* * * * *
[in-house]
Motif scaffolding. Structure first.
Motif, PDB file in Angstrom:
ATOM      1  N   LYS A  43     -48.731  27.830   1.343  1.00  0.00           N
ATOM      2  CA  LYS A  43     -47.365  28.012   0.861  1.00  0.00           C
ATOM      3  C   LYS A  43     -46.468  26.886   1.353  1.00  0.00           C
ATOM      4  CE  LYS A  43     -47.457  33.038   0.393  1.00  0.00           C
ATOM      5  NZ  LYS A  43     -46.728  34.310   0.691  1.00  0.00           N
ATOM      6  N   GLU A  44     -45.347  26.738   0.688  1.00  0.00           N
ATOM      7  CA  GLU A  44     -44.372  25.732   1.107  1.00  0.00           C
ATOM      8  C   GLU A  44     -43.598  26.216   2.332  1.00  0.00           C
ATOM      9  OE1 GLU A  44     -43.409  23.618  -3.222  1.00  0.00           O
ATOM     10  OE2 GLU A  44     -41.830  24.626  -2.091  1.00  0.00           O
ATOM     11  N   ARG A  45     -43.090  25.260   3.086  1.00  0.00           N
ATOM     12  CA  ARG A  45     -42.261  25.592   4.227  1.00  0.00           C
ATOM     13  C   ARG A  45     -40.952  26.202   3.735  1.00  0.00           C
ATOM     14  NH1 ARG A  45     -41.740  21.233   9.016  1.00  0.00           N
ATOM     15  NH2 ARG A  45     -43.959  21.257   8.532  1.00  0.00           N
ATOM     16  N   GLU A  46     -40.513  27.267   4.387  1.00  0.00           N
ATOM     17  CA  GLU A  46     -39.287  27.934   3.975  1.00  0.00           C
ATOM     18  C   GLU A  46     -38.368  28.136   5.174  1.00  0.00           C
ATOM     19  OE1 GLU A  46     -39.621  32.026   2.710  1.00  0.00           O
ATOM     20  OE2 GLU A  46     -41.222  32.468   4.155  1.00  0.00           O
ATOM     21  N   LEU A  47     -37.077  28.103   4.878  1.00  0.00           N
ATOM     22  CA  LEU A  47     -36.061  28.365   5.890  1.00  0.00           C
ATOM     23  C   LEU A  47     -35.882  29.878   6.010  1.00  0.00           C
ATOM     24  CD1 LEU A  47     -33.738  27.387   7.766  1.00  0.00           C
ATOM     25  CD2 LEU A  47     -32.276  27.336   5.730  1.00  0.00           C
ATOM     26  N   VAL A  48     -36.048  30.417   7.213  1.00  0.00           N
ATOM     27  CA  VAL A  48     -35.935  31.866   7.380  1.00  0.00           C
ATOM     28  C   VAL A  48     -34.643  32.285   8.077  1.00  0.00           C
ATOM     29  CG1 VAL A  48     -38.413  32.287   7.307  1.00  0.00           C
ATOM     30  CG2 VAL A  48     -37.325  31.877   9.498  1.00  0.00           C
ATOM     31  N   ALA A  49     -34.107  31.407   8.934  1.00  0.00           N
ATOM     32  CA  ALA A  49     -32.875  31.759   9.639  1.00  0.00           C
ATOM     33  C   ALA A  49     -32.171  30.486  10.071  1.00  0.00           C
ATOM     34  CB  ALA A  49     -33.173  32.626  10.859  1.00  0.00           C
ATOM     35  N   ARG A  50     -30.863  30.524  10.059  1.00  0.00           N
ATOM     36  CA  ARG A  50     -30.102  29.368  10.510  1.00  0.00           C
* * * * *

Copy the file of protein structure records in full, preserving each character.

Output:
[in-house]
Motif scaffolding. Structure first.
Motif, PDB file in Angstrom:
ATOM      1  N   LYS A  43     -48.731  27.830   1.343  1.00  0.00           N
ATOM      2  CA  LYS A  43     -47.365  28.012   0.861  1.00  0.00           C
ATOM      3  C   LYS A  43     -46.468  26.886   1.353  1.00  0.00           C
ATOM      4  CE  LYS A  43     -47.457  33.038   0.393  1.00  0.00           C
ATOM      5  NZ  LYS A  43     -46.728  34.310   0.691  1.00  0.00           N
ATOM      6  N   GLU A  44     -45.347  26.738   0.688  1.00  0.00           N
ATOM      7  CA  GLU A  44     -44.372  25.732   1.107  1.00  0.00           C
ATOM      8  C   GLU A  44     -43.598  26.216   2.332  1.00  0.00           C
ATOM      9  OE1 GLU A  44     -43.409  23.618  -3.222  1.00  0.00           O
ATOM     10  OE2 GLU A  44     -41.830  24.626  -2.091  1.00  0.00           O
ATOM     11  N   ARG A  45     -43.090  25.260   3.086  1.00  0.00           N
ATOM     12  CA  ARG A  45     -42.261  25.592   4.227  1.00  0.00           C
ATOM     13  C   ARG A  45     -40.952  26.202   3.735  1.00  0.00           C
ATOM     14  NH1 ARG A  45     -41.740  21.233   9.016  1.00  0.00           N
ATOM     15  NH2 ARG A  45     -43.959  21.257   8.532  1.00  0.00           N
ATOM     16  N   GLU A  46     -40.513  27.267   4.387  1.00  0.00           N
ATOM     17  CA  GLU A  46     -39.287  27.934   3.975  1.00  0.00           C
ATOM     18  C   GLU A  46     -38.368  28.136   5.174  1.00  0.00           C
ATOM     19  OE1 GLU A  46     -39.621  32.026   2.710  1.00  0.00           O
ATOM     20  OE2 GLU A  46     -41.222  32.468   4.155  1.00  0.00           O
ATOM     21  N   LEU A  47     -37.077  28.103   4.878  1.00  0.00           N
ATOM     22  CA  LEU A  47     -36.061  28.365   5.890  1.00  0.00           C
ATOM     23  C   LEU A  47     -35.882  29.878   6.010  1.00  0.00           C
ATOM     24  CD1 LEU A  47     -33.738  27.387   7.766  1.00  0.00           C
ATOM     25  CD2 LEU A  47     -32.276  27.336   5.730  1.00  0.00           C
ATOM     26  N   VAL A  48     -36.048  30.417   7.213  1.00  0.00           N
ATOM     27  CA  VAL A  48     -35.935  31.866   7.380  1.00  0.00           C
ATOM     28  C   VAL A  48     -34.643  32.285   8.077  1.00  0.00           C
ATOM     29  CG1 VAL A  48     -38.413  32.287   7.307  1.00  0.00           C
ATOM     30  CG2 VAL A  48     -37.325  31.877   9.498  1.00  0.00           C
ATOM     31  N   ALA A  49     -34.107  31.407   8.934  1.00  0.00           N
ATOM     32  CA  ALA A  49     -32.875  31.759   9.639  1.00  0.00           C
ATOM     33  C   ALA A  49     -32.171  30.486  10.071  1.00  0.00           C
ATOM     34  CB  ALA A  49     -33.173  32.626  10.859  1.00  0.00           C
ATOM     35  N   ARG A  50     -30.863  30.524  10.059  1.00  0.00           N
ATOM     36  CA  ARG A  50     -30.102  29.368  10.510  1.00  0.00           C